When you think about fast food, what images pop into your head? Greasy burgers? Limply pathetic salad leaves in a sesame seed bun? Fried chicken and fried onion rings? Soggy fries? Meals that are high in sugar, fat and salt – essentially all the ingredients that can contribute to a heart attack?
Or do you think, “That sounds like heaven. Yum, I’ll have some of that, please.”
Another question – what images come to mind when you think about the Japanese diet? Sushi? Sashimi? Wasabi?
I ask because Japan Airlines recently announced it will serve Kentucky Fried Chicken on its routes to Europe and the US, saying in a statement that from 1 December 2012 to 28 February 2013 “customers travelling in Premium Economy and Economy Class will be served KFC’s Original Recipe two-piece chicken meal during the second meal service”.
The United States and the UK are ranked in first place and third place, respectively, as having the highest obesity rates on statistics web site NationMaster. And where does Japan rank? Number 28, with a mere 3.2% of the population considered obese.
Indeed, the Japanese diet and lifestyle is said to be so healthy that Japanese women and men live longer than everyone else.
So why is KFC so “widely popular in Japan”, as noted by Japan Airlines’ own statement?
On her blog, Flying Lessons, journalist Christine Negroni says that in Japan, KFC is closely associated with the Christmas season. “A long ago marketing campaign by the company took advantage of expats looking for turkey for the holidays in a country where those critters don’t roam, and the next thing you know the Japanese have developed a taste for, well let’s just call it chicken tempura,” she writes.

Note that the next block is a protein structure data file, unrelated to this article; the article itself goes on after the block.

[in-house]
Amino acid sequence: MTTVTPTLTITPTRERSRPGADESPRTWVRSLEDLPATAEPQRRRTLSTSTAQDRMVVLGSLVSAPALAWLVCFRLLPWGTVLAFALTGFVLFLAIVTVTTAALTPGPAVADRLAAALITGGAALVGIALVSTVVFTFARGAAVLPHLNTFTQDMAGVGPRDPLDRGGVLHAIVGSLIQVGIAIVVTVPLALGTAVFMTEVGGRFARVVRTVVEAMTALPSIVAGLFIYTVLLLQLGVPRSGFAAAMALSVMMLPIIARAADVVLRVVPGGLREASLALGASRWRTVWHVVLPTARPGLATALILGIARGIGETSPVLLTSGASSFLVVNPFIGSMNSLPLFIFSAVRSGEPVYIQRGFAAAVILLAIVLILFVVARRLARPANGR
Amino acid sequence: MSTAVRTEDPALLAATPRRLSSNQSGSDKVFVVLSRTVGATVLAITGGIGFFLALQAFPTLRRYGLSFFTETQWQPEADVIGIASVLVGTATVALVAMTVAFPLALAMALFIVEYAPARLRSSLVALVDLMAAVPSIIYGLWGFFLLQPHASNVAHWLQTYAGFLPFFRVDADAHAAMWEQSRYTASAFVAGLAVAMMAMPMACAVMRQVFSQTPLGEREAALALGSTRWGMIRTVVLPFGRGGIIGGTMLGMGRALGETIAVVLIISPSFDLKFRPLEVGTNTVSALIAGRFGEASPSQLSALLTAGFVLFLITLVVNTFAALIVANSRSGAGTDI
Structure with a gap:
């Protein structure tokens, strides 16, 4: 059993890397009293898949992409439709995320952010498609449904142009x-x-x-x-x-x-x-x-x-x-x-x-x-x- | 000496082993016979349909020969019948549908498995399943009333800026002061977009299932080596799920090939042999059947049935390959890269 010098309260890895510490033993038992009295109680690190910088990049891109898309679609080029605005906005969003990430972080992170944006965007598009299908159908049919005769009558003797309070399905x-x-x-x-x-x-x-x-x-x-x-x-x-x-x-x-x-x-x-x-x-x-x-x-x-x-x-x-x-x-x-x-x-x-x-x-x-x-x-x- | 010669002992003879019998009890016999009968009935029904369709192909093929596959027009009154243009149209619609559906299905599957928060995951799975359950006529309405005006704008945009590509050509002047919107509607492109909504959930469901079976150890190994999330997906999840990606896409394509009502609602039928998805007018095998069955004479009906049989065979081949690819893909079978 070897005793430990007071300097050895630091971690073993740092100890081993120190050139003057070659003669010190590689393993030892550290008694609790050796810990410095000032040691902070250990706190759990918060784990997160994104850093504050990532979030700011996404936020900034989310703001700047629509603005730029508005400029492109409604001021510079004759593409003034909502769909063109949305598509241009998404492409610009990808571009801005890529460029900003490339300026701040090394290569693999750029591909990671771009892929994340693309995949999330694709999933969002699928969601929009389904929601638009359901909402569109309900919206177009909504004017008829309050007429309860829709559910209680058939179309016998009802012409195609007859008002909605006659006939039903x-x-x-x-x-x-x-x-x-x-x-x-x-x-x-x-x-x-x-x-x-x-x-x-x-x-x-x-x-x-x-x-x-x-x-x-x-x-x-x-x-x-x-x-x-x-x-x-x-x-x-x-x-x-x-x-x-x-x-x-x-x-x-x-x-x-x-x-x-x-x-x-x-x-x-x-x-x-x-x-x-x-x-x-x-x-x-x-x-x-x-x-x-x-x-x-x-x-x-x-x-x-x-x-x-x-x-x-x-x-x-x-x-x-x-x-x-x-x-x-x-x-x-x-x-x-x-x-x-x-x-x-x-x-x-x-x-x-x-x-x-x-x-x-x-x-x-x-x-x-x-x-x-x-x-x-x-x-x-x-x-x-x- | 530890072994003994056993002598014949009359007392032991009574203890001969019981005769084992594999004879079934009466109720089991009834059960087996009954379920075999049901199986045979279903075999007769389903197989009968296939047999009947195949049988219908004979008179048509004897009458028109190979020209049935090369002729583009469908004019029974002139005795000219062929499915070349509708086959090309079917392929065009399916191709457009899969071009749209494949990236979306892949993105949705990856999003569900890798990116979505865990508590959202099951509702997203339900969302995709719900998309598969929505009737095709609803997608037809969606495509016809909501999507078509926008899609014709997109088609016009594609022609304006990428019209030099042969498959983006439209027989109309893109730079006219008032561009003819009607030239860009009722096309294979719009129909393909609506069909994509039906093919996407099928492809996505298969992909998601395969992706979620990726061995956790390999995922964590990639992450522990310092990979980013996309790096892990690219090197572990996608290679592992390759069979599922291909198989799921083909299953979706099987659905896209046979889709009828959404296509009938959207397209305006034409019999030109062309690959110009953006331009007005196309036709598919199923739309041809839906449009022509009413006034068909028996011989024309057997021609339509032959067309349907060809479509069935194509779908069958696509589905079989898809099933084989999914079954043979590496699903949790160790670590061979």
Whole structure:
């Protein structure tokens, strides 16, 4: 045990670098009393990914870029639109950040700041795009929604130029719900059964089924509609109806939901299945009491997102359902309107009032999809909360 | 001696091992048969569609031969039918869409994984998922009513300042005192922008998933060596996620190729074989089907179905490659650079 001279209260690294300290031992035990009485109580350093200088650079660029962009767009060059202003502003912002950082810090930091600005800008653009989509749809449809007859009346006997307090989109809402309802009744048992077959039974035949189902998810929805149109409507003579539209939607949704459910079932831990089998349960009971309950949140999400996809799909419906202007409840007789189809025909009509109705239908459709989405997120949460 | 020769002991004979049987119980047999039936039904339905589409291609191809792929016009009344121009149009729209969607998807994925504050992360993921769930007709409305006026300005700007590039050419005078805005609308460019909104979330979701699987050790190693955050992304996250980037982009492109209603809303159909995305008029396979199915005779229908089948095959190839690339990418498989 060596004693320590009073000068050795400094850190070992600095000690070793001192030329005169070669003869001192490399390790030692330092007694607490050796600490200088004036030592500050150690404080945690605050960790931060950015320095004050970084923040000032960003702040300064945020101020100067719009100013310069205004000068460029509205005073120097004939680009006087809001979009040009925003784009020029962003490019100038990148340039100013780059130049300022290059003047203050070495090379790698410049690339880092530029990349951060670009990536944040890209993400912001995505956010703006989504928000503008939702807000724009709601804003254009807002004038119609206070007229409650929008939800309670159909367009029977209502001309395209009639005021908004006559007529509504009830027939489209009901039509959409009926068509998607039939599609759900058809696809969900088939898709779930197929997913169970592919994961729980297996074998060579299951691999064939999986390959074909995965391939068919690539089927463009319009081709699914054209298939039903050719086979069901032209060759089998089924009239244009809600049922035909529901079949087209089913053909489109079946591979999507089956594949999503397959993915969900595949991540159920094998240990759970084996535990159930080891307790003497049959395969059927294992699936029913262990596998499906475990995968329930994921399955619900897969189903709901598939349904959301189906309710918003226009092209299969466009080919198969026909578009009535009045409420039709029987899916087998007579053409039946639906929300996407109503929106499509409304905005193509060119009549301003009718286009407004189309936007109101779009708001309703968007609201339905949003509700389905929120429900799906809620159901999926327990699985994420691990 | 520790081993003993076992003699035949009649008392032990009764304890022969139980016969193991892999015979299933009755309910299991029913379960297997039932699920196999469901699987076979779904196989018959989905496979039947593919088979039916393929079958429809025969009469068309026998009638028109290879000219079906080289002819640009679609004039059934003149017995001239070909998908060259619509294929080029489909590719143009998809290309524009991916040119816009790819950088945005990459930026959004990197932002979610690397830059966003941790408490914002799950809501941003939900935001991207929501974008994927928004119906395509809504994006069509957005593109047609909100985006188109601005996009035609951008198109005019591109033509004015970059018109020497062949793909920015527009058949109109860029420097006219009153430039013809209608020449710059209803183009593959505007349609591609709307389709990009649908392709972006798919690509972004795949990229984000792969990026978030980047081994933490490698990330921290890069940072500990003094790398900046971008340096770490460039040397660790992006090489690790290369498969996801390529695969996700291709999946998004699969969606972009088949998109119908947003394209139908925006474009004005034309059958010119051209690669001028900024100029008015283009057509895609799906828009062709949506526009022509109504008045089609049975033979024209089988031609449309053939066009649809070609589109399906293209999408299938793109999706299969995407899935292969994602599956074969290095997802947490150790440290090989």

Yet the carrier’s decision to offer KFC in-flight has elicited a mixed reaction on social media – some people are delighted; others are shocked; and still others are revolted. Here are some of the responses:
“What is the world coming to? Japan Airlines [is] to serve KFC on flights. Junk food with wings?”
“Japan Airlines adds KFC to its in-flight menu. I feel for the non-KFC eaters and vegans coz it’ll be on long-haul flights lol.”
“I don’t want to be served KFC ever! Its colloquially known here as ‘unlucky fried kitten’ not Kentucky fried chicken. Yuck.”
“Whoa… that sounds awesome.”
“The stench of fried chicken in flight- no thanks. ”
“NOOOOOOOOOOOO! No cell phones either! I want to sleep on my flights :)”
“Sure. Can I have a cup of hot fat with it?”
“Back for their 50th anniversary, Delta showed airline meals throughout the years. The most appetising was a box of fried chicken from the 40s. It was an airline staple back then.”
“Oh the stale fried chicken smell, yuk. You know folks will wipe their hands on the seats.”
“The smell would be one thing, but also the amount of waste from those discarded chicken bones. If they went boneless with chicken strips or a chicken breast sandwich that might work. ”
Obviously, airlines can’t please everyone with their menus. But Japan Airlines’ experiment will serve as an interesting case study into whether or not airlines should offer more junk food in-flight. If the KFC promotion succeeds, I wouldn’t be surprised to see other fast food chains seek to forge more deals with airlines (or vice versa).
But if that happens, the airlines might also want to seriously consider widening their economy class seats.
What do you think of Japan Airlines’ decision to offer KFC in-flight?